Tree Envy

| March 3, 2014 | 0 Comments

 

My neighbor’s tree is an exceptional bloomer.

My neighbor’s tree is an exceptional bloomer.

Walking the neighborhood is a chance to review landscape plants that I know to have healing uses. Most are imports from other parts of the world that have become popular in our gardens due to beauty and survival in our climate. This time of year, one of the treats is to see a pau d’arco (tabebuia impetignosa) tree in full bloom. My neighbors have a spectacular one that puts on a dense canopy of fuchsia-colored blossoms that emerge before the foliage, as startling and fluffy as cotton candy. In addition to enjoying a sight-seeing attraction in my local area, I have developed a deep and abiding envy and mild resentment regarding this tree. Why is theirs so successful? I want to know this.

I planted two of these pau d’arco trees into the “Trees for Health” arboretum years ago. It was anticipated that these two trees would give a blaze of color to a winter-bare garden at a time when not much else is blooming. They were placed for maximum visual impact to invite passers-by down the trail to explore. They have been nurtured with tropical rain-forest fertilizer and given extra water. Expectations have been high. If it were not for my neighbor’s tree, the disappointing, scraggly sparseness these two specimens might be blamed on their being unhappy, rain-forest imports from South America, pining for their native environment. But, it’s not so.

My neighbor’s tree denies that explanation. I am working up the courage to introduce myself and ask about their secret. I have not done so yet because I suspect they will shrug it off as some annoying leftover from a previous owner and find that they suffer its presence begrudgingly, never giving it care and certainly not knowing its value and uniqueness.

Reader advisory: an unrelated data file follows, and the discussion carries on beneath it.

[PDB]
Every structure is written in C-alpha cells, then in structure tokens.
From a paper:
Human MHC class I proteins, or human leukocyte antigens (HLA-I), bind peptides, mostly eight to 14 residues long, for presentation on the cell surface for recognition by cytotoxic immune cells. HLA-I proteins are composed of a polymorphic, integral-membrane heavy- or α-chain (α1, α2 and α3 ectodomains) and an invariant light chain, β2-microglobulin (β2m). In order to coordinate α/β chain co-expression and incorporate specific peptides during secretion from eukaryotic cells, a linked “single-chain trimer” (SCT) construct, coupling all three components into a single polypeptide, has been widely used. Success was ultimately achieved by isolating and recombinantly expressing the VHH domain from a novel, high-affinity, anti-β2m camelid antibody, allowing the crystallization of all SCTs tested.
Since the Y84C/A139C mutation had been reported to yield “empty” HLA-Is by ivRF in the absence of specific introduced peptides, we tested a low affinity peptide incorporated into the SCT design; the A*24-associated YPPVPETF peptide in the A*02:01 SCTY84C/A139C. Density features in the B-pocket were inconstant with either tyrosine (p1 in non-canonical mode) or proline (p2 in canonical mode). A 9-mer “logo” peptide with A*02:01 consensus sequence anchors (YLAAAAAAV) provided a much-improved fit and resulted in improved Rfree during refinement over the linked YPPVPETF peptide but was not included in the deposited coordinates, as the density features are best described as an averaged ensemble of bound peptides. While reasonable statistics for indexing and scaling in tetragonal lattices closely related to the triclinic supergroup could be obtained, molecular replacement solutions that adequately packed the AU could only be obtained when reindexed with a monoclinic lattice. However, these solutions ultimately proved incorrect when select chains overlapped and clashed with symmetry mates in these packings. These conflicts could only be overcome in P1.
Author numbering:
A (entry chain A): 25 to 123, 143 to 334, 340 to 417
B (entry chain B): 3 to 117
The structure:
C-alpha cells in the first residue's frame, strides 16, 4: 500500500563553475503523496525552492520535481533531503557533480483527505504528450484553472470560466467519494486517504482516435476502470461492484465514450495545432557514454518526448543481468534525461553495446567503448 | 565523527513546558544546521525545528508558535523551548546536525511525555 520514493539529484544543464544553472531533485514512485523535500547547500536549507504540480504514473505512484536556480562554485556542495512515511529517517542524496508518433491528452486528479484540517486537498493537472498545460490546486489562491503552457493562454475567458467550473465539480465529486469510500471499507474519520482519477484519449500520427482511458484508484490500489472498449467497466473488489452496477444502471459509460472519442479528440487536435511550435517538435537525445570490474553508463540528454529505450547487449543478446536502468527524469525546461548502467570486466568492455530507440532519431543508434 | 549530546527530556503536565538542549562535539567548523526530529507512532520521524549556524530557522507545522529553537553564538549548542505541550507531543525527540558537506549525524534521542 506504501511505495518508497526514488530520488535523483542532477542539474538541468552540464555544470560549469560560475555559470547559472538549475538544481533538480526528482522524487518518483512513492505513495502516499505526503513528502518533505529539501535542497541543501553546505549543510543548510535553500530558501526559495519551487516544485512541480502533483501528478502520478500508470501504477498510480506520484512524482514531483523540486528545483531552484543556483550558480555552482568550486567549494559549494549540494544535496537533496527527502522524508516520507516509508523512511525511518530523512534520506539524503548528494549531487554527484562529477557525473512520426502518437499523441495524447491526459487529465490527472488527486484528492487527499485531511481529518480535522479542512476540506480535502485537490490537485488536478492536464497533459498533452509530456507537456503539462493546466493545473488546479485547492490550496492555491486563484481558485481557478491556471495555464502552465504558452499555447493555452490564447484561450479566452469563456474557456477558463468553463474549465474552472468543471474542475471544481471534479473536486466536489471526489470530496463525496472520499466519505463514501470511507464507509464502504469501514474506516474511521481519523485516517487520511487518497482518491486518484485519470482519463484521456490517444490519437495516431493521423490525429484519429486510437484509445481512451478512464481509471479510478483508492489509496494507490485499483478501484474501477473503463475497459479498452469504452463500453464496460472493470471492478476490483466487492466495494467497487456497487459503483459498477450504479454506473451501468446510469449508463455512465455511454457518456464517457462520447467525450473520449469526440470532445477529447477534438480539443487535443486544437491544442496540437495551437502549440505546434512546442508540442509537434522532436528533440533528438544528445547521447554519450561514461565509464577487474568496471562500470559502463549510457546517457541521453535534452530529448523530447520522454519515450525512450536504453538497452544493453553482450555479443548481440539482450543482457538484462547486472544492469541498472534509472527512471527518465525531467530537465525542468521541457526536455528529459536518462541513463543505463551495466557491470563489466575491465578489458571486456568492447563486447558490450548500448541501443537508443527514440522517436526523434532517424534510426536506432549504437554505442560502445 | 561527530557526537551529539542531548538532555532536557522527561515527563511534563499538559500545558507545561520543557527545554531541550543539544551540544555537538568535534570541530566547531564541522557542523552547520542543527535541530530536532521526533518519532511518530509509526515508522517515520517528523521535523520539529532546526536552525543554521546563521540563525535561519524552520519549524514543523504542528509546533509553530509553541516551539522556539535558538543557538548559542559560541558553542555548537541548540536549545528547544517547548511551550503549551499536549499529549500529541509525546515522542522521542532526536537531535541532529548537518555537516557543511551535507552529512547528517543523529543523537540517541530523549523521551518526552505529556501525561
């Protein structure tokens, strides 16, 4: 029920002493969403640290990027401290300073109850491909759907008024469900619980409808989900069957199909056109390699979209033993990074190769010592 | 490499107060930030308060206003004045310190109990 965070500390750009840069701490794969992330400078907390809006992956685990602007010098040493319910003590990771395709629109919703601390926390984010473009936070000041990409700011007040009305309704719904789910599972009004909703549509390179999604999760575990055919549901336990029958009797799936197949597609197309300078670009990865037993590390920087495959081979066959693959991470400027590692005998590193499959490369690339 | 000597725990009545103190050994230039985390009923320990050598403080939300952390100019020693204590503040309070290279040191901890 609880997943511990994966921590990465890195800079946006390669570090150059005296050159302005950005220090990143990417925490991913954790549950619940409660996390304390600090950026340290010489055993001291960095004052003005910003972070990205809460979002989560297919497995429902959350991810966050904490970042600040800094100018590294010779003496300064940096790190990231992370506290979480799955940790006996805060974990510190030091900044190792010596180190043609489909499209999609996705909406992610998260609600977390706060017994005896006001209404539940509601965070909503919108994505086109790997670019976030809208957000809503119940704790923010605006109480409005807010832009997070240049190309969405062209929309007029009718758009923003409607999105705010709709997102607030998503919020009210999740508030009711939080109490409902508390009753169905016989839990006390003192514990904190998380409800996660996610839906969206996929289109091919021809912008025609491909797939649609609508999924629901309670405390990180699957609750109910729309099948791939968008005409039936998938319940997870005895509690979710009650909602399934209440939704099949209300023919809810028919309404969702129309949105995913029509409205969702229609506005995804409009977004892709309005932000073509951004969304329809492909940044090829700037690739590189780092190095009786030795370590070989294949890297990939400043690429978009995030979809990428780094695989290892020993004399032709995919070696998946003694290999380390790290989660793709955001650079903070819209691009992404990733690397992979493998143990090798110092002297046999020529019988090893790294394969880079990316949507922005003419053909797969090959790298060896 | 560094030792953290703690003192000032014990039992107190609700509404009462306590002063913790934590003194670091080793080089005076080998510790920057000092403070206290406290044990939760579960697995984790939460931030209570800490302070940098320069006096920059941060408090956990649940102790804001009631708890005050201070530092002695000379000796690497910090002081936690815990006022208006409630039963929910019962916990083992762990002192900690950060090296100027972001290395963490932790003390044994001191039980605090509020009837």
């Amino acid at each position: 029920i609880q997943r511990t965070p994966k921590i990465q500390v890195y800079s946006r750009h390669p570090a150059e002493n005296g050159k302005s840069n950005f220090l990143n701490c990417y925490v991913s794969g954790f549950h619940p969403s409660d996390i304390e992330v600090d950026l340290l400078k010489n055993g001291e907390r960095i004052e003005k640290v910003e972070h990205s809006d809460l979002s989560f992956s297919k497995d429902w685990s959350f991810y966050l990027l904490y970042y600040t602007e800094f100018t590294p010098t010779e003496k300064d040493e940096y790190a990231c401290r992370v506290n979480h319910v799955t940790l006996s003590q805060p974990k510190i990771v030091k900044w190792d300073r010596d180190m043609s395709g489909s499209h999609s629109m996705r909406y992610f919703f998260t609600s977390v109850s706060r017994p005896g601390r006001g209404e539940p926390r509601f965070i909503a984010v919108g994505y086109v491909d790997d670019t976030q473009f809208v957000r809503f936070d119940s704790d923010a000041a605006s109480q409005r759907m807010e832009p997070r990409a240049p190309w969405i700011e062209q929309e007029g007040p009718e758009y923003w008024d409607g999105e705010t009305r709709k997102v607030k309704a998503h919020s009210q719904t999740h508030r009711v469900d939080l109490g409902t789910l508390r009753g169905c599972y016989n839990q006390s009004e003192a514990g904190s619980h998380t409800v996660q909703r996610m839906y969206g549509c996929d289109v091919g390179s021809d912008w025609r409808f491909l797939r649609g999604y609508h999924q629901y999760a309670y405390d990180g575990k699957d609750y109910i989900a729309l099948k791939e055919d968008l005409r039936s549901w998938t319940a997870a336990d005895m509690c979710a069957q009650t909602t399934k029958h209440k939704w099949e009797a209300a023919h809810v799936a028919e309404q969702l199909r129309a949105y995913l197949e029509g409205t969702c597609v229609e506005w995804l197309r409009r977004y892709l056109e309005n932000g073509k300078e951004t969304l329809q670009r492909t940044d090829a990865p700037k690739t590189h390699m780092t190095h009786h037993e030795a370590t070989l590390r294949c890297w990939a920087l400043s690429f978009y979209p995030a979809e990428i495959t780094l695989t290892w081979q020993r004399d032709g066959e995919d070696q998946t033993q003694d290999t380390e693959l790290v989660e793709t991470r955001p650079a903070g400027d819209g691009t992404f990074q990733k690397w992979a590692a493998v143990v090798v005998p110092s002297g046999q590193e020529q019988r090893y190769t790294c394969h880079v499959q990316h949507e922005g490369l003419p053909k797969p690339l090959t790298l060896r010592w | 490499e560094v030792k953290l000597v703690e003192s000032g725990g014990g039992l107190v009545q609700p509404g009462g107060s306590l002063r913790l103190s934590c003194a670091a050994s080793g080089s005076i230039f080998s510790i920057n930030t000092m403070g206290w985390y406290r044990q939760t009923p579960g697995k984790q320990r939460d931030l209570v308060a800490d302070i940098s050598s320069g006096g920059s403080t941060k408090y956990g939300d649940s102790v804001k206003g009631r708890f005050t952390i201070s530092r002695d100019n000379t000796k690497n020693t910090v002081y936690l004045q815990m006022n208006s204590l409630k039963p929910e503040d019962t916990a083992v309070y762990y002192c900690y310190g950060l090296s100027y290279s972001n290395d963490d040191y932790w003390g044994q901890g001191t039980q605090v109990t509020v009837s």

Pau d’arco, a name that roughly means “stick for making a bow,” is a phenomenal herb. The moist inner coating of the bark is harvested for its strong anti-fungal, anti-viral and anti-bacteria properties. A simmered tea made of this bark is used for any kind of infection, inside or out. It reduces the duration of colds, flu and candida yeast overgrowth. Topically, it stops infections of wounds, reduces rashes and clears up acne. It has a reputation for supporting the immune function to deal with cancer.

All this and it has a mild, enjoyable flavor, even as a therapeutic preparation of one ounce of dry herb simmered in a pint of water for 20 minutes. And, just to make it more wonderful, the bark is sustainably harvested as a by-product of the lumber industry. This hardwood is favored for use as beautiful, rich-hued floors and decks that are naturally resistant to rot and insects. All that, and it offers big blooms, too. At least, that’s the case for my neighbor’s tree.

I had carefully timed a video shoot of the garden to include the flowering of the tabeguia tree. It was supposed to be ready. Unlike my neighbor’s tree, that is in full glorious color, the ones in the arboretum are just putting on bud and not promising many of those … again this year. So the new video being posted on YouTube will feature an alternate tree, the carob. That specimen was gracious enough to produce its very first seed pod in the fifteen years since it has been planted. That made it the star of the show.

Go online to YouTube.com and enter “Trees for Health Arboretum, into the search. Look for “Amanda McQuade Crawford.” You will see, not the pau d’arco, but the cooperative and lush carob tree. And sense my lingering envy.

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Category: Health & Fitness

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